Perhaps tellingly, a 2008 poll of 1,300 moms by Parenting Magazine found that 15 per cent of women are aroused by "choreplay" - that's watching their hubby pitch in with the dishes.

The popularity of the tongue-in-cheek book series Porn for Women - sample photo: hunk carrying chicken soup to sick wife - suggest some feminizing is at play in the new masculinity. But do women actually want emasculated men?

Judy Mandelbaum thinks not. The writer pondered the "cuddle spray," which stemmed from a study that saw men's empathy spike to levels normally only seen in women after oxytocin was shot up their noses. "If the new nasal spray goes into mass production ... and we suddenly find ourselves living in a brave new world of compulsively emoting, verbalizing men, I suspect we might soon start pining for the strong silent type once more," Ms. Mandelbaum wrote.

"There's room for men to be just as alpha and confident today, and I think women for the most part still respect that type of behaviour," says Derek Comeau, a 27-year-old senior instructor at Love Systems, a Los Angeles service that helps men "have more success with women." The company was formerly Mystery Method Corp., run by eyeliner-loving Canadian pickup artist Erik von Markovik.

Understandably, the gender-rejigging makes some men antsy. "I think guys get nervous because it's coupled with economic stuff," says James Bassil, editor in chief of

The website's latest Great Male Survey found that men's values still lean to the traditional: 50 per cent of the 100,000 respondents felt "being a great father and husband who takes care of his family" best defined a "real man" in 2010.

But, the model allows for some variation. "They want to be the provider and protector of the family, the guy who can fix stuff. At the same time, this traditional model has been updated. He's comfortable with the idea that his wife or girlfriend may make more money than him and pick up the tab sometimes on dates," Mr. Bassil said.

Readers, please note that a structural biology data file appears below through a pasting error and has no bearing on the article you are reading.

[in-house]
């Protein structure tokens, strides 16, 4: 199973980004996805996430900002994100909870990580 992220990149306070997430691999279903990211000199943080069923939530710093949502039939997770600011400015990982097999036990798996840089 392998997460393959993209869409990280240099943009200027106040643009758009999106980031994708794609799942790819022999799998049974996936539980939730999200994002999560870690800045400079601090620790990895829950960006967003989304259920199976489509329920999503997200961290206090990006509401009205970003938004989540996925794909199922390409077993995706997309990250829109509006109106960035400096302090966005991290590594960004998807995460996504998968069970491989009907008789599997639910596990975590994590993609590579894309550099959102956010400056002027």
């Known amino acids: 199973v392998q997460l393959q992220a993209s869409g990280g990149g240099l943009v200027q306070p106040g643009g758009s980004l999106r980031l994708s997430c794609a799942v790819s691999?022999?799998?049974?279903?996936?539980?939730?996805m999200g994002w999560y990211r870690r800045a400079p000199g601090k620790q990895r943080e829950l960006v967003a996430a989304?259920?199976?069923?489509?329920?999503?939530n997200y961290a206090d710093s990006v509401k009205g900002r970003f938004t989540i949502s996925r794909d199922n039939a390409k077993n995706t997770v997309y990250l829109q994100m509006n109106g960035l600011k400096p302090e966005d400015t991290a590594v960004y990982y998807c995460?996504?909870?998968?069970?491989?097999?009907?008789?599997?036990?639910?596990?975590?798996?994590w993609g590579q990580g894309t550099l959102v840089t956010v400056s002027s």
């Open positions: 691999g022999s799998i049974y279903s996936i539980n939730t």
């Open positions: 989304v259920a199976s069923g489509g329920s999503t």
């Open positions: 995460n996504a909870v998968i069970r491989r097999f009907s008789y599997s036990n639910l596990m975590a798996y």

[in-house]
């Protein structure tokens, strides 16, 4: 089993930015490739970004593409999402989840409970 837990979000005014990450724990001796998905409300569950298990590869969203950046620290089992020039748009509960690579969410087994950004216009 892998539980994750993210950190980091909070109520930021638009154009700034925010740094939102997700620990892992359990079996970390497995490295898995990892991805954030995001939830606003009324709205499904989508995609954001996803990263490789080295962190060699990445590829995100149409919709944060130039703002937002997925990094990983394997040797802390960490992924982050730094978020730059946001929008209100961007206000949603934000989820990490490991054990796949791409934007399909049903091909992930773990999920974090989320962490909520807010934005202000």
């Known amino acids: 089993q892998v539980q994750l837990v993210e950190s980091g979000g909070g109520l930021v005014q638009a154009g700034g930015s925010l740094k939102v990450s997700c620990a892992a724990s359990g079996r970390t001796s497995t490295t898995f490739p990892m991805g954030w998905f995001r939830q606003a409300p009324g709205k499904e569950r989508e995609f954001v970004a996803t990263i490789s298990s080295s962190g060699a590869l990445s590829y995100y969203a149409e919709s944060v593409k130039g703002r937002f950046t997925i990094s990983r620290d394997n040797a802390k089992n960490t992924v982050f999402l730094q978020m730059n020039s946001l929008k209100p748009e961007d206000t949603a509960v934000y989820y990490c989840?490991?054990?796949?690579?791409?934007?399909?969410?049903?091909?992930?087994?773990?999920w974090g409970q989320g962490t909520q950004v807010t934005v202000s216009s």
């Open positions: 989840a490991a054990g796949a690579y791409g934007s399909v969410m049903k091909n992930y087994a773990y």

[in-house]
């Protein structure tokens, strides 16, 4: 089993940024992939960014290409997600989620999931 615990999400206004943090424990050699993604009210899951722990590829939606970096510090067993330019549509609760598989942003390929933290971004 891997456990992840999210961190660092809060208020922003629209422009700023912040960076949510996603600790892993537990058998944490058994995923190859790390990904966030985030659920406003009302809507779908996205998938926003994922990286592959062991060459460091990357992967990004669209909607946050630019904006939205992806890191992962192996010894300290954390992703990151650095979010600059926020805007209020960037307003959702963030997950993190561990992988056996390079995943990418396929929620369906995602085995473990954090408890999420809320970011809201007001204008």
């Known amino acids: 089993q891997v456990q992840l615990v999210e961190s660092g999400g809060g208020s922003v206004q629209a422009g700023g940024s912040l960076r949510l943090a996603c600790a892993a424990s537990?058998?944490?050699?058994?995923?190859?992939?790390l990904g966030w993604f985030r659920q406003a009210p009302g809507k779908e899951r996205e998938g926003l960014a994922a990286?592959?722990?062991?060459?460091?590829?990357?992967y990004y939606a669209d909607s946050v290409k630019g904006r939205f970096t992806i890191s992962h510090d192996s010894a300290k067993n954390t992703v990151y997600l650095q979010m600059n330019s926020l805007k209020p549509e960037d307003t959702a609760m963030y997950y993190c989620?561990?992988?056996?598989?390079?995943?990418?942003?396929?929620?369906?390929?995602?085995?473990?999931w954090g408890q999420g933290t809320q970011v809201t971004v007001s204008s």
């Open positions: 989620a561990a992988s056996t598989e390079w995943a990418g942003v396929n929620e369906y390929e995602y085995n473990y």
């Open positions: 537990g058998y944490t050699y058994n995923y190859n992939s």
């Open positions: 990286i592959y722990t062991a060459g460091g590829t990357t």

He adds: "I don't see machismo as something that drives your everyday guy. When ... you see hipsters in Brooklyn walking around in logging jackets, that's not really macho. There's a certain nostalgia and a real sincerity in it."

Brett and Kate McKay, authors of The Art of Manliness, argue that "manliness doesn't need to be reinvented. The art of manliness just needs to be rediscovered." Their book and blog offer advice on many old-timey masculine pursuits, from navigating without a compass to performing the fireman's carry to "delivering a baby in a pinch." This is your grandfather's masculinity, they write, not machismo.

Men have more to gain than lose from the "down with macho" movement, says Jennifer Berdahl, an associate professor of organizational behaviour at the University of Toronto's Rotman School of Management.

Prof. Berdahl, who investigated "masculinity teasing" in the workplace in the mid-1990s, just as men began taking paternity leave, denies that "we're turning men into women."

"Traditional definitions of masculinity entail a man being powerful over a woman," she says. "That's the masculinity that's changing. That's probably threatening to a lot of men, but to a lot it might also be liberating. If they're not feeling the pressures to be the sole breadwinners and to always perform this extreme version of masculinity, they have a lot to gain."